There were two interesting developments in the field of social networks for healthcare practitioners last week. The first was the publication of a paper in JAMA “Variation in Patient-Sharing Networks of Physicians Across the United States”. The second was the sale of Sermo Physician Network to WorldOne for an undisclosed price. Sermo had raised $40+m in venture capital prior to sale, making a bet that social networking for physicians could drive value to pharmaceutical and financial firms based on disclosing interactions between members of the network.
If physician behavior and prescribing activity are key to your healthcare business, I think it is important to understand the relationship and differences between these two events.
Sermo bet hard on the Facebook model – physicians would interact on social networks, share knowledge and insight, and third parties could benefit from getting access to those interactions concerning their products or services. Sermo had also begun expanding its revenue model by providing paid content and sponsored education programs to network members, trying to capture “digital” dollars from life science companies. Pharma companies are desperately trying to gain advantage through digital advertising campaigns to influence physician prescribing behaviors, and multi-channel marketing efforts including the development of web sites for branded medications.
These companies also struggle to understand how useful these branded web sites are by linking on-line activity to increased sales – linking eyeballs on websites to increased prescriber activity. Return on investment is difficult to measure and pharmaceutical companies traditionally rely on labor-intensive surveys to gain insight into how these digital marketing efforts are working.
The paper in JAMA, and the related editorial, do a great job breaking down the challenges and opportunities for building businesses or marketing efforts dependent on understanding physician behavior. Here’s the gist of their findings – it’s not about SoMoLo , it’s about big data. Physicians tend to work in isolation, they influence healthcare primarily through the individual patient-physician encounter. It’s difficult to track how physicians interact with each other and the greater healthcare system because there is no true healthcare value chain in the US. Physicians are busy, they don’t tend to spend a lot of time with on-line or mobile networks. And they tend not to like surveys, even when you pay for their time and opinions.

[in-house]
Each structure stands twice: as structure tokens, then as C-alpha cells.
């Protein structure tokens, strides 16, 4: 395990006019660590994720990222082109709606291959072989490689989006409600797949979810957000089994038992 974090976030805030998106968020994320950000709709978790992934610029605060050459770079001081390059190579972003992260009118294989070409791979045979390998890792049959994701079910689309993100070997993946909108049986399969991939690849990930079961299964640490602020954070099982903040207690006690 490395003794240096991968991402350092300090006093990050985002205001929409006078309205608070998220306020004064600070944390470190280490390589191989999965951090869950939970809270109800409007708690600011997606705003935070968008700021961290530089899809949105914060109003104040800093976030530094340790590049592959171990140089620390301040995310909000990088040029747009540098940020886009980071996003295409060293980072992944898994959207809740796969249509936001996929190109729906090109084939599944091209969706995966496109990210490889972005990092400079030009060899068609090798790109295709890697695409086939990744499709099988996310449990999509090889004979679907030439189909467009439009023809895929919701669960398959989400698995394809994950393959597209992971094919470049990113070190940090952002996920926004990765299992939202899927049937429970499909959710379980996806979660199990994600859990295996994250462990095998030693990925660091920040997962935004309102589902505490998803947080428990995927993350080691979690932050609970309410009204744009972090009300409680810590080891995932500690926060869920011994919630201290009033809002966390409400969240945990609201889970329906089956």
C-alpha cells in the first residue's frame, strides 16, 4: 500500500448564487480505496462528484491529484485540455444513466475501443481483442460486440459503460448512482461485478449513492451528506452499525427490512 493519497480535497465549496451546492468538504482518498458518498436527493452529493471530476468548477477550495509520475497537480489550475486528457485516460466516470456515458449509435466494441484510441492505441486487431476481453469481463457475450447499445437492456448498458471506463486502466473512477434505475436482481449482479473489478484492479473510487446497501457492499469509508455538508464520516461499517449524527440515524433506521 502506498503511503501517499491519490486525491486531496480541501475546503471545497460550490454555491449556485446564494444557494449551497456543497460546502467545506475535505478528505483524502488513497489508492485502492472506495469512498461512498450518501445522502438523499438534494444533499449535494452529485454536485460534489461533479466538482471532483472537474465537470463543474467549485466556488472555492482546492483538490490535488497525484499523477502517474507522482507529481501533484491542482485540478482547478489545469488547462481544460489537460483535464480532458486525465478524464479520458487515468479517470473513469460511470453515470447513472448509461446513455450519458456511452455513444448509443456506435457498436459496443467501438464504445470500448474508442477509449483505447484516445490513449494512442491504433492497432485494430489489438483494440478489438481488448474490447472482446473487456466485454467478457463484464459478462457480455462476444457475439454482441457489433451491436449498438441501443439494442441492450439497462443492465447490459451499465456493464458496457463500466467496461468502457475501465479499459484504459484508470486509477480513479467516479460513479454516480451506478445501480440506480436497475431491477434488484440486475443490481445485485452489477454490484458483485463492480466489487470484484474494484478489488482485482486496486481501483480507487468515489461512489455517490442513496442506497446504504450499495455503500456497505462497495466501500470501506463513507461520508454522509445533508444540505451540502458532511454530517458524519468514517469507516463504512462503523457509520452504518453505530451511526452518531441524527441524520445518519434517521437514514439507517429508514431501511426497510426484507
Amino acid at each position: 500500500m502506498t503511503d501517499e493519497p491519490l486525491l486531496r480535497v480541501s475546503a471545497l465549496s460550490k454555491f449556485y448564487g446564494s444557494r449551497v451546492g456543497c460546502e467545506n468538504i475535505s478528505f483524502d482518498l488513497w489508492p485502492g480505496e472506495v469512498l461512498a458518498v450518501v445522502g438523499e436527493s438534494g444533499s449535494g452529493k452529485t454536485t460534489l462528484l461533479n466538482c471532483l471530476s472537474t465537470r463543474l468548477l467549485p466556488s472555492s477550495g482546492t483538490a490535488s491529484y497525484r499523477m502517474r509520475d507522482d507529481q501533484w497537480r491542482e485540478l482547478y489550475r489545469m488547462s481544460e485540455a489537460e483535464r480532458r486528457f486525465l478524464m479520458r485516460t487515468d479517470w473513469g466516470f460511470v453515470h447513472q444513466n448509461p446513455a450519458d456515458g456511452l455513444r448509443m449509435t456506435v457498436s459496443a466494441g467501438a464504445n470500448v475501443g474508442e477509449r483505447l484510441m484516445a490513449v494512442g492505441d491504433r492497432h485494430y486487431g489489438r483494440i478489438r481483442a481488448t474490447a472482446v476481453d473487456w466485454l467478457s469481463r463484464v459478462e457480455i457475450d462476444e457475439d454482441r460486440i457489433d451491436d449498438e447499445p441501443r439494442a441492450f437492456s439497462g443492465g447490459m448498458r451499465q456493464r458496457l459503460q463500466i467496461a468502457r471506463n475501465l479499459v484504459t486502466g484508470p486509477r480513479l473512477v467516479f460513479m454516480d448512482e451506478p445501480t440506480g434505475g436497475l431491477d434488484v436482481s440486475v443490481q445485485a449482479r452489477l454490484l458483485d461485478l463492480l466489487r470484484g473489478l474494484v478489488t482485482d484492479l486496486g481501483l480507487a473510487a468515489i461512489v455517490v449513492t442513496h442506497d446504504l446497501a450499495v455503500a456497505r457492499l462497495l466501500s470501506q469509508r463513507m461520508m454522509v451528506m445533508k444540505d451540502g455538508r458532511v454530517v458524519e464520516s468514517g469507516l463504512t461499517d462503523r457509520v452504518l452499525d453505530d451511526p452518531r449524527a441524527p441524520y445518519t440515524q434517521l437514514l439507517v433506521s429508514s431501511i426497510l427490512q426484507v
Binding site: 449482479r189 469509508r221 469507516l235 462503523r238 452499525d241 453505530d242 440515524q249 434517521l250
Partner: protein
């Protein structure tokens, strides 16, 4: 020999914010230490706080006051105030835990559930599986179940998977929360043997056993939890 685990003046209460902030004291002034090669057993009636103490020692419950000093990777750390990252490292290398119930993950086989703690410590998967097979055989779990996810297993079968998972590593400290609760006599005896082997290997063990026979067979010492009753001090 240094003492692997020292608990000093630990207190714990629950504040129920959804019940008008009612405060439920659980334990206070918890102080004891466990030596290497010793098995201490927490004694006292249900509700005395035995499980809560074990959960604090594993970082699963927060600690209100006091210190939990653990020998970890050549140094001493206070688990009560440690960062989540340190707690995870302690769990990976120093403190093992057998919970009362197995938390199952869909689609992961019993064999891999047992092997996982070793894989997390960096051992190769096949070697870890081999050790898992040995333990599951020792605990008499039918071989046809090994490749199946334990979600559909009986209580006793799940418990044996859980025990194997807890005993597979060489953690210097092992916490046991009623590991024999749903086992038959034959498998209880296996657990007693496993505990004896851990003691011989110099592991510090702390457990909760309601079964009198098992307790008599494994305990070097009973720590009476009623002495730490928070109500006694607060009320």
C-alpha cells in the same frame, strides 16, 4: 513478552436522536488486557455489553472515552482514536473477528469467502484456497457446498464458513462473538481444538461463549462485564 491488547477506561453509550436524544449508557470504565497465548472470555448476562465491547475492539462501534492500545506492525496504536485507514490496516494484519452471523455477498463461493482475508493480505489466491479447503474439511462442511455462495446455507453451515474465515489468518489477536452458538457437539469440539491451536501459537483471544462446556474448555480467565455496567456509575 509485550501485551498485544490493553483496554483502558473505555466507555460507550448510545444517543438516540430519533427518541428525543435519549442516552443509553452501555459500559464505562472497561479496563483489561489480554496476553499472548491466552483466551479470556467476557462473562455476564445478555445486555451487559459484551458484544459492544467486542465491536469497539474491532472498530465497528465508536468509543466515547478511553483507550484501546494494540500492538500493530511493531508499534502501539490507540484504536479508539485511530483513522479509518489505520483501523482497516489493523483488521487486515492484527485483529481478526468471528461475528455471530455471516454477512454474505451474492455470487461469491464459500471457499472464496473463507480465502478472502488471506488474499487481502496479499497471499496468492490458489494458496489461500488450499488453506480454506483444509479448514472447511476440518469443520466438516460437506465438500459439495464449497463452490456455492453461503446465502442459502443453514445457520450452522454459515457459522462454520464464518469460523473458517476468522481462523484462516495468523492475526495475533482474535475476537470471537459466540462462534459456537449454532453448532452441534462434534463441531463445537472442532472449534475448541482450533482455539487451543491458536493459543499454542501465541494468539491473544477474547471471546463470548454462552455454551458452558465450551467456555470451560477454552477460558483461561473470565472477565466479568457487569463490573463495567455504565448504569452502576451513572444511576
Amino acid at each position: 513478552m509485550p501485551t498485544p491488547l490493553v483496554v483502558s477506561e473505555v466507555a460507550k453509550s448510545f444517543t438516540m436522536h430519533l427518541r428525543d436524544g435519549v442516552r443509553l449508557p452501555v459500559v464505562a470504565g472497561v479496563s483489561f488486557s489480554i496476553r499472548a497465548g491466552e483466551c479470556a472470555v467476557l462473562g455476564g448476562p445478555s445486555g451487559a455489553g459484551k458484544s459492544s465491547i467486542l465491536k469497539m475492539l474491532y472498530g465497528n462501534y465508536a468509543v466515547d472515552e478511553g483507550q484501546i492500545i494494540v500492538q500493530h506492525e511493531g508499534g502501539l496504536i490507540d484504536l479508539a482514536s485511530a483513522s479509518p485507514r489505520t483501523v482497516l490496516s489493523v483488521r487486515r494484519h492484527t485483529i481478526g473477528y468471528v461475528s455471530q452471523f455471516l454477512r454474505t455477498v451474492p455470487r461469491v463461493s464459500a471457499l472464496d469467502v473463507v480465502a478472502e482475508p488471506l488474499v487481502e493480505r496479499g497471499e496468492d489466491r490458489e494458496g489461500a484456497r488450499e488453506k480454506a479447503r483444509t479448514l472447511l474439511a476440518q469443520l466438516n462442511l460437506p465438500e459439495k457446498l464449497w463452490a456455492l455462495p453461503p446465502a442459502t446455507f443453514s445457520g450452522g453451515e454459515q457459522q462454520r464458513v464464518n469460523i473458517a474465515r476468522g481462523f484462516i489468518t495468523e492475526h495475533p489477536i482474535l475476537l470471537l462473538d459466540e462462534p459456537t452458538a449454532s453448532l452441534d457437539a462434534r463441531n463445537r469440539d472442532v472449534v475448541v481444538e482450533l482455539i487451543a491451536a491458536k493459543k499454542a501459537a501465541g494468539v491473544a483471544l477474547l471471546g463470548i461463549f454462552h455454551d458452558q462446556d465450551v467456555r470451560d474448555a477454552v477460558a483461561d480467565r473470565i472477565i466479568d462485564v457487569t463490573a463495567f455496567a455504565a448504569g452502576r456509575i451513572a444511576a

In a recent interview with Larry Miller, CEO of Activate Networks , Larry told me that patient referrals constitute 50% of interactions between physicians, with the remaining 50% being composed of collegial interactions, friends and coworkers, and associations within practice groups or hospitals. To quantitatively measure real physician interaction and influence you need to map the flow of patient data through the system, through insurance claims data, clinical data (electronic medical records) and patient labs to create a physician-to-physician interaction network. Larry calls this an “experiential, community level network” that has much greater value than an on-line social network influence model, and Activate Networks is seeking to capitalize on this model using a big data analytics approach.
The authors of the JAMA papers recognize that the ideal way to understand true physician networks is most likely a combination of social relationships and shared patient interactions. They also correctly point out that understanding how various aspects of networks are related to better care and lower costs could be central to enabling accountable care and successful healthcare reform. To drive quality and decrease costs, we need to understand where standards of care exist and how physicians influence those standards. Physicians care, payers care, and patients care. Pharmaceutical companies desperately care. If you have ideas on how to link these kinds of quantitative and qualitative insights, I have clients that would like to talk with you.
Jim Golden is a data scientist who writes about the intersection between big data, life science and healthcare. He blogs at Hacking Health on Forbes, where this post was first published.
Categories: Health 2.0